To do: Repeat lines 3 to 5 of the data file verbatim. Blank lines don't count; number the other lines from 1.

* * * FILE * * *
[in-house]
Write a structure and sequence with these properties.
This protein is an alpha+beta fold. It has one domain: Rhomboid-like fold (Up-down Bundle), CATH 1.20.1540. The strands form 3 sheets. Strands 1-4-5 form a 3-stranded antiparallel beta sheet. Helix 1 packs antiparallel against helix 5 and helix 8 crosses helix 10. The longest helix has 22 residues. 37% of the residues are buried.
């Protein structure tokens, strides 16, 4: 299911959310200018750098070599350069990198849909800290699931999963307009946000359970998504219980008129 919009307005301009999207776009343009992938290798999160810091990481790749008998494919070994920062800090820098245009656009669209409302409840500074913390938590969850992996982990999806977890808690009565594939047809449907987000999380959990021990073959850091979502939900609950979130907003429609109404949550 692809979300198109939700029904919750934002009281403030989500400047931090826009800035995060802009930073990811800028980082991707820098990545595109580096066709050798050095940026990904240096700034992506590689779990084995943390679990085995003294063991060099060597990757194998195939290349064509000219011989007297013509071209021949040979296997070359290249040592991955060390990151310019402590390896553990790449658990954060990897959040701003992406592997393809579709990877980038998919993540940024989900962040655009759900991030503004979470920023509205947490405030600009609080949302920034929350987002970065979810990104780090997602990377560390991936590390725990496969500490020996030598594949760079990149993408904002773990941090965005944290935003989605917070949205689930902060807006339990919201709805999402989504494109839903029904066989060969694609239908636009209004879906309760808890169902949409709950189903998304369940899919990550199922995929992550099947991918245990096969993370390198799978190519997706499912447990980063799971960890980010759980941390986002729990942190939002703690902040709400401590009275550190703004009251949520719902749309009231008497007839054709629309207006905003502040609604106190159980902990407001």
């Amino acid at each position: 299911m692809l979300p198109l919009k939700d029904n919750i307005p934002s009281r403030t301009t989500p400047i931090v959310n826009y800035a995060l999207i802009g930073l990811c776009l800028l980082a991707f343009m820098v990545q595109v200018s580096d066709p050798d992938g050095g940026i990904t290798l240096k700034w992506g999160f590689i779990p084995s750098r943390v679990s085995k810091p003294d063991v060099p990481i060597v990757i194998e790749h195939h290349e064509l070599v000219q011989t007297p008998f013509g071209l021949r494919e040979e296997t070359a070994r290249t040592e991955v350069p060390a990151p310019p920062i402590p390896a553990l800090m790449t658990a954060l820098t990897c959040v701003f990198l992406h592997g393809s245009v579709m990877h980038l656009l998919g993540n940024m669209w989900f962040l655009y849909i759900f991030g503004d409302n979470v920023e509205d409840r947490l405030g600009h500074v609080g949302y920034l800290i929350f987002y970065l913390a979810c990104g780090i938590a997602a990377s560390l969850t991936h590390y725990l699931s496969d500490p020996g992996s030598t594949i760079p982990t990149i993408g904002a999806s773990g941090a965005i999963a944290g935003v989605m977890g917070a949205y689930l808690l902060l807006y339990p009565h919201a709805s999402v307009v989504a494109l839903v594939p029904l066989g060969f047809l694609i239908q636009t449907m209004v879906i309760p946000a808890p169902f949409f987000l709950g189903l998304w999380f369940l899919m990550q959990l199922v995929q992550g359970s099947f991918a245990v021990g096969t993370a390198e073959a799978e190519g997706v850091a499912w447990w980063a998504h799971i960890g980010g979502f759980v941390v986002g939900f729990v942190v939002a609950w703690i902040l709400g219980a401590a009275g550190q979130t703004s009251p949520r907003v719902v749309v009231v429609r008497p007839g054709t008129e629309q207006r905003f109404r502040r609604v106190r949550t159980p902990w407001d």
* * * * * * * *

This protein is an alpha+beta fold. It has one domain: Rhomboid-like fold (Up-down Bundle), CATH 1.20.1540. The strands form 3 sheets. Strands 1-4-5 form a 3-stranded antiparallel beta sheet. Helix 1 packs antiparallel against helix 5 and helix 8 crosses helix 10. The longest helix has 22 residues. 37% of the residues are buried.
């Protein structure tokens, strides 16, 4: 299911959310200018750098070599350069990198849909800290699931999963307009946000359970998504219980008129 919009307005301009999207776009343009992938290798999160810091990481790749008998494919070994920062800090820098245009656009669209409302409840500074913390938590969850992996982990999806977890808690009565594939047809449907987000999380959990021990073959850091979502939900609950979130907003429609109404949550 692809979300198109939700029904919750934002009281403030989500400047931090826009800035995060802009930073990811800028980082991707820098990545595109580096066709050798050095940026990904240096700034992506590689779990084995943390679990085995003294063991060099060597990757194998195939290349064509000219011989007297013509071209021949040979296997070359290249040592991955060390990151310019402590390896553990790449658990954060990897959040701003992406592997393809579709990877980038998919993540940024989900962040655009759900991030503004979470920023509205947490405030600009609080949302920034929350987002970065979810990104780090997602990377560390991936590390725990496969500490020996030598594949760079990149993408904002773990941090965005944290935003989605917070949205689930902060807006339990919201709805999402989504494109839903029904066989060969694609239908636009209004879906309760808890169902949409709950189903998304369940899919990550199922995929992550099947991918245990096969993370390198799978190519997706499912447990980063799971960890980010759980941390986002729990942190939002703690902040709400401590009275550190703004009251949520719902749309009231008497007839054709629309207006905003502040609604106190159980902990407001």
């Amino acid at each position: 299911m692809l979300p198109l919009k939700d029904n919750i307005p934002s009281r403030t301009t989500p400047i931090v959310n826009y800035a995060l999207i802009g930073l990811c776009l800028l980082a991707f343009m820098v990545q595109v200018s580096d066709p050798d992938g050095g940026i990904t290798l240096k700034w992506g999160f590689i779990p084995s750098r943390v679990s085995k810091p003294d063991v060099p990481i060597v990757i194998e790749h195939h290349e064509l070599v000219q011989t007297p008998f013509g071209l021949r494919e040979e296997t070359a070994r290249t040592e991955v350069p060390a990151p310019p920062i402590p390896a553990l800090m790449t658990a954060l820098t990897c959040v701003f990198l992406h592997g393809s245009v579709m990877h980038l656009l998919g993540n940024m669209w989900f962040l655009y849909i759900f991030g503004d409302n979470v920023e509205d409840r947490l405030g600009h500074v609080g949302y920034l800290i929350f987002y970065l913390a979810c990104g780090i938590a997602a990377s560390l969850t991936h590390y725990l699931s496969d500490p020996g992996s030598t594949i760079p982990t990149i993408g904002a999806s773990g941090a965005i999963a944290g935003v989605m977890g917070a949205y689930l808690l902060l807006y339990p009565h919201a709805s999402v307009v989504a494109l839903v594939p029904l066989g060969f047809l694609i239908q636009t449907m209004v879906i309760p946000a808890p169902f949409f987000l709950g189903l998304w999380f369940l899919m990550q959990l199922v995929q992550g359970s099947f991918a245990v021990g096969t993370a390198e073959a799978e190519g997706v850091a499912w447990w980063a998504h799971i960890g980010g979502f759980v941390v986002g939900f729990v942190v939002a609950w703690i902040l709400g219980a401590a009275g550190q979130t703004s009251p949520r907003v719902v749309v009231v429609r008497p007839g054709t008129e629309q207006r905003f109404r502040r609604v106190r949550t159980p902990w407001d």